Docker Wants to Make the Internet Programmable
Docker founder and CTO Solomon Hykes on stage at DockerCon 2015 in San Francisco, with logos of the founding members of the Open Container Project in the background (Photo: Docker)

Docker Wants to Make the Internet Programmable

Docker founder Hykes says developers should not be constrained by platforms

SAN FRANCISCO – Few people know that while Docker the company may be only about two years old, work on the technology behind it has gone on for about eight years.

Its approach to packaging software in a way that makes it easy to quickly take an application from the developer’s laptop and deploy it in production in the company’s data center or in a public cloud has drawn a lot of attention from developers and DevOps professionals, and nearly every major IT vendor and service provider has been eager to get on board by either partnering with Docker or at least supporting the technology.

Over the two years that Docker has been in existence, its container software has been downloaded about 500 million times, according to the company’s CEO Ben Golub. About 150,000 “Dockerized” applications exist as of this month, and there are about 40,000 projects that use Docker on GitHub, the popular repository for open source software.

Docker already touts a long list of big-name companies either trying the technology out or (a much rarer case) using it in production. That list includes eBay, Baidu, Yelp, Spotify, Capital One, the New York Times, and the U.S. General Services Administration.

Making the Internet Programmable

But it took a lot longer than two years to get there. Solomon Hykes, Docker founder and CTO, said his team has been working on the technology, “trying to make it work,” for eight years.

Both Hykes and Golub were keynote speakers at the company’s second annual DockerCon conference in San Francisco Monday.

Their goal, ultimately, is to make the internet programmable.

“The internet is a pretty sweet piece of hardware,” he said. “It’s probably the coolest piece of engineering that we as an industry have created.”

The network has been around for about 50 years. It has continued to scale, and nobody has ever rebooted it for maintenance.

Instead of programming individual devices or systems that are connected to the internet – servers, phones, TVs, cars, sensors, drones, and so on – people should be able to program across all of them. “Is it possible we can take all of that … and make the whole thing programmable?” Hykes asked from the stage.

Five Years to Reach the Goal

A developer today is forced to choose particular platforms and write for them, which is why Docker is building an open software layer it hopes will eventually enable developers to program whatever device is connected to the internet. And they plan to get there in five more years.

“We’ve been doing it for eight years, so what’s another five?” Hykes said.

There’s a consensus that while some end users have managed to build things around it to make it work in production for them, Docker is not ready for prime time just yet. Hykes admitted that there were still a lot of bugs that had to be worked through.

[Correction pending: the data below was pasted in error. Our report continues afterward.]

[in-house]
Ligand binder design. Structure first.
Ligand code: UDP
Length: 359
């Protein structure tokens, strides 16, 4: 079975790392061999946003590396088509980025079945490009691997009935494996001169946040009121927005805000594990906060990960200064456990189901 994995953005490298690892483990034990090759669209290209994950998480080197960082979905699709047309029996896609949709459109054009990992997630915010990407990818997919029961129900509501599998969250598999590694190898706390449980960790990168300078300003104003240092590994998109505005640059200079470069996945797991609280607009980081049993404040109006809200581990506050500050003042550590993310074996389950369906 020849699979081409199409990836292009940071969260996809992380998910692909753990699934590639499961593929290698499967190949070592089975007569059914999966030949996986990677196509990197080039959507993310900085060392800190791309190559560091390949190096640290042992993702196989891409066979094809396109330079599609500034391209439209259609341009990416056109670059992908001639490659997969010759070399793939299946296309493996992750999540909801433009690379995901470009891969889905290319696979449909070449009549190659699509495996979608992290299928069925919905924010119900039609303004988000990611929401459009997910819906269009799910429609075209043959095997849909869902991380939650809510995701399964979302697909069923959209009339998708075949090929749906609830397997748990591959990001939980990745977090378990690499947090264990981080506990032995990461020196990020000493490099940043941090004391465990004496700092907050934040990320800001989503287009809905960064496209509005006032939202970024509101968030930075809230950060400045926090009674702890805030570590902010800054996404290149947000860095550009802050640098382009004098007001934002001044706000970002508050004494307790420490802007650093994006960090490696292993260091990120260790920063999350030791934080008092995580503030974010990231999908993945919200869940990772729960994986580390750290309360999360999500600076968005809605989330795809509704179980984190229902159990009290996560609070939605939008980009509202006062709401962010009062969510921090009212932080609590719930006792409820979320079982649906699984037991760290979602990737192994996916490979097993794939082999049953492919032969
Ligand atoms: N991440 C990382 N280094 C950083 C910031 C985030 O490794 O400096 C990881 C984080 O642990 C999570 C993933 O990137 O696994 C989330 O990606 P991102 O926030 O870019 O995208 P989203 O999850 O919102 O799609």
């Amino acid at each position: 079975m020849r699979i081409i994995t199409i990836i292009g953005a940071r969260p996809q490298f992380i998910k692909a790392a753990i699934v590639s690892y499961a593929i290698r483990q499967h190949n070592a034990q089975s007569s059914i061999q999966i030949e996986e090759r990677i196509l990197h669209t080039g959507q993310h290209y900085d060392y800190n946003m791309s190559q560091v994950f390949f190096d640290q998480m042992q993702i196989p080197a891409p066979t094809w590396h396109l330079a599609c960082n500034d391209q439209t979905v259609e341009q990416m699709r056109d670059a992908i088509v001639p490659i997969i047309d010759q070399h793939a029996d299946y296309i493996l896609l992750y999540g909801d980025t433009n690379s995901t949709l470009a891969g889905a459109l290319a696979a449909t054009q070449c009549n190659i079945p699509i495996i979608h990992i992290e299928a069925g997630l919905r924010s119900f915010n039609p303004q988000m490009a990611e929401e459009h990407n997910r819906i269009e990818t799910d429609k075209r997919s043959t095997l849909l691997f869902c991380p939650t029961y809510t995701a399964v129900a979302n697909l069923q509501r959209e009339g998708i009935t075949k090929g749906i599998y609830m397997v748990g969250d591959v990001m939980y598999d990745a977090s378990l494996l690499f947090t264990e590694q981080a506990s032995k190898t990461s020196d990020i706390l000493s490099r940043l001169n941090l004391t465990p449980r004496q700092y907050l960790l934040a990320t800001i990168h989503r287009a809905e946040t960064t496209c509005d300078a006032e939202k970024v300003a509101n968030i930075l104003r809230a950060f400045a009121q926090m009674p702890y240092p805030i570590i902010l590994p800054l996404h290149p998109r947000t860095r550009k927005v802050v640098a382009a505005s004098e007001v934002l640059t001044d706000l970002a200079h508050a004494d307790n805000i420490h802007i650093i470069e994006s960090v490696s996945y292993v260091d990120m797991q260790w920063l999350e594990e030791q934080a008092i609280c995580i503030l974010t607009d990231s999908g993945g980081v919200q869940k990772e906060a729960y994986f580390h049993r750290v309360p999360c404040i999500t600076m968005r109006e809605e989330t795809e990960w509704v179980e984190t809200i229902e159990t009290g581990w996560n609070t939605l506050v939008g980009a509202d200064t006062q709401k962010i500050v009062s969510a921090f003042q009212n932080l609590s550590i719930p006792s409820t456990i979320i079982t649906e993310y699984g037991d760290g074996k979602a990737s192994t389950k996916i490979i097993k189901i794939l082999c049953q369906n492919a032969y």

The response from the developer community, however, is a sign that the company’s vision is on point. “Honestly, we think it’s working,” he said. “We think it’s the right way to do it, and we’re going to keep doing that.”

Besides bugs, there is still a number of big infrastructure questions the Docker ecosystem has to answer. The company offered answers to some of them at DockerCon, introducing software-defined network functionality for Docker containers, a new plugin architecture, and improvements to orchestration tools.

It Takes a Village

It’s also not alone in plugging the holes that need to be plugged. In addition to the developer community contributing to the open source project, major vendors and tiny startups are building solutions that make Docker stronger as a platform for production applications.

IBM, VMware, and Google, for example, all announced new capabilities around Docker containers Monday.

Google launched a beta release of Container Engine, its cloud service where developers can spin up containers the way they spin up cloud VMs today. IBM launched Docker-based container services on Bluemix, its Platform-as-a-Service offering. VMware introduced AppCatalyst, a hypervisor that simulates a private cloud on a developer’s laptop and includes Docker’s engine for creating hosts for Docker containers.

Finding Common Ground

To ensure healthy growth for the ecosystem around application containers, unencumbered by fragmentation, Docker teamed up with CoreOS, Google, Microsoft and a host of other startups and heavyweights to launch a container standardization effort that’s independent from any one vendor.

There have been fears of fragmentation since late last year, when CoreOS, another rising star on the intersection of software development and IT operations, introduced a container standard and runtime it said were superior to Docker’s. The new Open Container Project with vendor-agnostic governance that’s part of the Linux Foundation seems to provide at least some degree of resolution to what many have referred to as container standard wars.

As if to demonstrate that CoreOS and Docker are back to speaking terms, Hykes shook CoreOS CEO Alex Polvi’s hand from stage Monday, giving him credit for being a major driving force behind the new standard organization.

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